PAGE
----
And now I noticed I already said this in my review of the first collection. Aaah. Like I said, the collections, and thus the reviews, are not very different....

Well, there are some minor changes. The background setting of Northmont keeps developing throughout the stories. Minor storylines like Sam's car and his assistent keep popping up, providing a lively world in which all these crimes happen. And while I said all the stories are very much alike (also in their high standard), there are some little surprises here and there, like stories like fake solutions. Which considering the length of the stories, is actually amazing. To do a great impossible crime story, in a believable setting, and a fake solution, all of that in a limited amount of pages...

This Japanese volume also contains a bonus Hoch story, The Nile Cat. It's a short crime story about figuring out the motive for a crime. Short, but good. Not much to tell about without getting into spoilerific territory.

In short, Diagnosis: Impossible 3 - Further Problems of Dr. Sam Hawthorne (the English release will probably feature a different title, I guess?) is a great impossible crime short story collection. If you liked previous collections, you're bound to love this one too. If you got bored by the formula though, you won't find anything new here.

Original title(s): Edward D. Hoch 『サム・ホーソーンの事件簿』Ⅲ: 'The Problem of the Hunting Lodge' 「ハンティングロッジの謎」 / 'The Problem of the Body in the Haystack' 「干し草に埋もれた死体の謎」 / 'The Problem of Santa's Lighthouse' 「サンタの灯台の謎」 / 'The Problem of the Graveyard Picnic' 「墓地のピクニックの謎」 / 'The Problem of the Crying Room' 「防音を施した親子室の謎」 / 'The Problem of the Fatal Fireworks'「危険な爆竹の謎」 / 'The Problem of the Unfinished Painting'「描きかけの水彩画の 謎」 / 'The Problem of the Sealed Bottle'「密封された酒びんの謎」 / 'The Problem of the Invisible Acrobat' 「 消えた空中ブランコ乗りの謎」 / 'The Problem of the Curing Barn' 「 真っ暗になった通期熟成所の謎」 / 'The Problem of the Snowbound Cabin' 「雪に閉ざされた山小屋の謎」 / 'The Problem of the Thunder Room' 「窓のない避雷室の謎」 / 'The Nile Cat' 「ナイルの猫」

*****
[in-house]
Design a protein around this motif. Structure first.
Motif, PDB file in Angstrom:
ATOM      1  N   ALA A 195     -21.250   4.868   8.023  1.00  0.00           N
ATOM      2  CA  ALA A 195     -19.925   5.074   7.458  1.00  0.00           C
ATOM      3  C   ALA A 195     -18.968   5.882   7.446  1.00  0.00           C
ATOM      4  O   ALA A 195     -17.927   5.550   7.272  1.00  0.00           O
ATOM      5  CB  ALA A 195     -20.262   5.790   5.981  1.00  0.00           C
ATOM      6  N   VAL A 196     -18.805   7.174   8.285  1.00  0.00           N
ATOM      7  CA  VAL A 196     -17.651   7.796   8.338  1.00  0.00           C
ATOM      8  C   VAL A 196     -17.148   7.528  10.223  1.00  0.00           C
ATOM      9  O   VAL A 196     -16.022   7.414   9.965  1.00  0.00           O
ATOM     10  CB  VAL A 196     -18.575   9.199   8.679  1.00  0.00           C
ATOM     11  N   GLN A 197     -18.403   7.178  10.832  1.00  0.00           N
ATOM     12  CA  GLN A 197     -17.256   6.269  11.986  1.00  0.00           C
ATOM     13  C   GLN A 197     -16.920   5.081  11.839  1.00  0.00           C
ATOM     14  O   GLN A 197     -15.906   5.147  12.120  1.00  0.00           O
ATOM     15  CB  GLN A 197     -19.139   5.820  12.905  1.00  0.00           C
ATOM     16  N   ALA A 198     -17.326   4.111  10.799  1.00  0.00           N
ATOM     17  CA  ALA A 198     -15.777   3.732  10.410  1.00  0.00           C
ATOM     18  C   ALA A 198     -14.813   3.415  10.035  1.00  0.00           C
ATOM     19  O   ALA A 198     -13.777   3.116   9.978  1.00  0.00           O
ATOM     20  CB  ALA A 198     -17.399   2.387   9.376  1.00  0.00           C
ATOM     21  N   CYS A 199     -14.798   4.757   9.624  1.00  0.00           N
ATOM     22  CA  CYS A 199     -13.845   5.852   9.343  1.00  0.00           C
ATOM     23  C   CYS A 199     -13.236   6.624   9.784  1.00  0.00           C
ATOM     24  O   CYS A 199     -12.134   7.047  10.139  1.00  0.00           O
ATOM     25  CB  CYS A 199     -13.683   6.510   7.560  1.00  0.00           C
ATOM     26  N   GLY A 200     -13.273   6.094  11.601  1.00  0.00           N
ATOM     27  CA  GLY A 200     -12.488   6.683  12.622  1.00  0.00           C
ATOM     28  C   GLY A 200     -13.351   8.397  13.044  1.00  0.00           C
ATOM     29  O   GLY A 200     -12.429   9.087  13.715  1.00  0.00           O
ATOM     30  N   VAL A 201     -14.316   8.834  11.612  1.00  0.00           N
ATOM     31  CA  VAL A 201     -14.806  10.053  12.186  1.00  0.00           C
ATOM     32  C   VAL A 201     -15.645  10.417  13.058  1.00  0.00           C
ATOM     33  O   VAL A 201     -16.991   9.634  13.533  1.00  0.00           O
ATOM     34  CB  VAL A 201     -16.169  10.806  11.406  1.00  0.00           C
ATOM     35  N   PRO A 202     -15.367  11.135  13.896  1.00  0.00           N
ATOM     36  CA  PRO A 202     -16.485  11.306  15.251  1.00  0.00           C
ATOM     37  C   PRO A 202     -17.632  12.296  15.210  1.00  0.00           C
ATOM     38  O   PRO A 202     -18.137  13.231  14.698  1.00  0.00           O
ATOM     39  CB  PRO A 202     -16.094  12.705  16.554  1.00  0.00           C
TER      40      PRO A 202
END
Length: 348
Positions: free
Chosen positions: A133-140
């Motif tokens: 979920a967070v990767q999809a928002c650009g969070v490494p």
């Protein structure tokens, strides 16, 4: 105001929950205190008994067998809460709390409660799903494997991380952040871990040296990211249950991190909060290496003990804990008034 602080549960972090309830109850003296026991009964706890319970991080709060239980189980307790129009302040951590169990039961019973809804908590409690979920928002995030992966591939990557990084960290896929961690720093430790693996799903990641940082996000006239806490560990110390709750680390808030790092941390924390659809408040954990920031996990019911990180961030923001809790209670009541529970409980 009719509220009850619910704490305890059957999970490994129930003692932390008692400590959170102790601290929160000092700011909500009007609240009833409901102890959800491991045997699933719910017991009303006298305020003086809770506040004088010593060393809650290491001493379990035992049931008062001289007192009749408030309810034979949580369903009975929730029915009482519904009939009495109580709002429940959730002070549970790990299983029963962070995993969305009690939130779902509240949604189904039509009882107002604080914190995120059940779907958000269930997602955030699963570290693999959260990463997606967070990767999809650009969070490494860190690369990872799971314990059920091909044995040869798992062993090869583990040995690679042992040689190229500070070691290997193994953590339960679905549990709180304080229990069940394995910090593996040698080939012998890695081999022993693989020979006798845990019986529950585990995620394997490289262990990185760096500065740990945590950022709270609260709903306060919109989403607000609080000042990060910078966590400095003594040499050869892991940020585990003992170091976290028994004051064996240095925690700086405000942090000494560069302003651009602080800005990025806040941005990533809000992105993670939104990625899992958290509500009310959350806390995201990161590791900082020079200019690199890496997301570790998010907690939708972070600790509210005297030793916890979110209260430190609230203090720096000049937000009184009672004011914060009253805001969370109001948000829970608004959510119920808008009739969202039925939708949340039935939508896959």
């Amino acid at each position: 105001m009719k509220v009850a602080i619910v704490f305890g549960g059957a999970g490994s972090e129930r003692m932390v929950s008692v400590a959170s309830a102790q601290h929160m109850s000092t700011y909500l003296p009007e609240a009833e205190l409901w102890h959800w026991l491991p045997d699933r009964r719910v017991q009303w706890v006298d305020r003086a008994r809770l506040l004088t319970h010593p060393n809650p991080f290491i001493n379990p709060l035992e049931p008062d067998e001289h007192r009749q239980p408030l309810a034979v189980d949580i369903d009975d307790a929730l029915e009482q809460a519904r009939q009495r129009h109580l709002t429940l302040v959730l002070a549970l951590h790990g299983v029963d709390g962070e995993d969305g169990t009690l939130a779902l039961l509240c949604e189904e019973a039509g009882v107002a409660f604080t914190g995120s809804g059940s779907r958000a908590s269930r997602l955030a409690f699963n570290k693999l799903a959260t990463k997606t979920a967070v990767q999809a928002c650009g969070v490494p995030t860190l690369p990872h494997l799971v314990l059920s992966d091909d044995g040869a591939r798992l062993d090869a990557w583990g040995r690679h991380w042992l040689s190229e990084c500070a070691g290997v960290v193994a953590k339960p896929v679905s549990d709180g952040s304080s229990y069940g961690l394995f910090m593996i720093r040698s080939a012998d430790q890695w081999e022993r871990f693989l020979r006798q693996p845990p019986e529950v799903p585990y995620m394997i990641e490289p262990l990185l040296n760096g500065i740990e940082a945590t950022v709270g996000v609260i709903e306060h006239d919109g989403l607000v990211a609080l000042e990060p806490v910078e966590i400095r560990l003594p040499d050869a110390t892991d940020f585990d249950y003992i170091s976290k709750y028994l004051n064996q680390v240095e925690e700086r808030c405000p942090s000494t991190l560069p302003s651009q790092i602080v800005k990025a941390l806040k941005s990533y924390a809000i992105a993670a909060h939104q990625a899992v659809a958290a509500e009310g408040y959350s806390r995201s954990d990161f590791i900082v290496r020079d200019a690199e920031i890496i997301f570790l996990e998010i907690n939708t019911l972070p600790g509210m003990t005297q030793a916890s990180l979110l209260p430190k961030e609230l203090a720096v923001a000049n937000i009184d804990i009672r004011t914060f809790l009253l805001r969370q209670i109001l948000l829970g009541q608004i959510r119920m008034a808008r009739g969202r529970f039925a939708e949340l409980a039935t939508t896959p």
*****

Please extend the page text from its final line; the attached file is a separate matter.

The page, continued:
1. Thank you for the review. I remember reading a review of the Japanese series of these stories, and there was something amusing about the way the six titles reuse certain words, but I can't recall the specifics.

    I am also a big fan of Hoch's Simon Ark series, but only a few of those stories have been reprinted in book form here in the U.S. Is it true that the Japanese have reprinted the whole set of 61 Ark short stories in books?

    1. The Japanese Hawthorne books have the following English subtitles:
      Diagnosis Impossible: The Problems of Dr. Sam Hawthorne
      Diagnosis Impossible II: More Problems of Dr. Sam Hawthorne
      Diagnosis Impossible III: Further Problems of Dr. Sam Hawthorne
      Diagnosis Impossible IV: More and More Problems of Dr. Sam Hawthorne
      Diagnosis Impossible V: Further and Further Problems of Dr. Sam Hawthorne
      Diagnosis Impossible VI: The Last Problems of Dr. Sam Hawthorne

      I'll be sure to continue in the series (as I have them here), but I'll probably only write a review of the last book, unless there's something substantially different in More and More Problems and Further and Further Problems.

      There are three Simon Ark collections available in Japan, but it's not the whole series. If you scroll down the Japanese wikipedia page, you'll see a list of which stories are available (the ones with a Japanese title next to them are those published, naturally):

  2. Thanks for the information. I am glad to know that Sam had more and more and further and further problems. It seems to me that what the Japanese did was to reprint the 3 Ark collections available in English.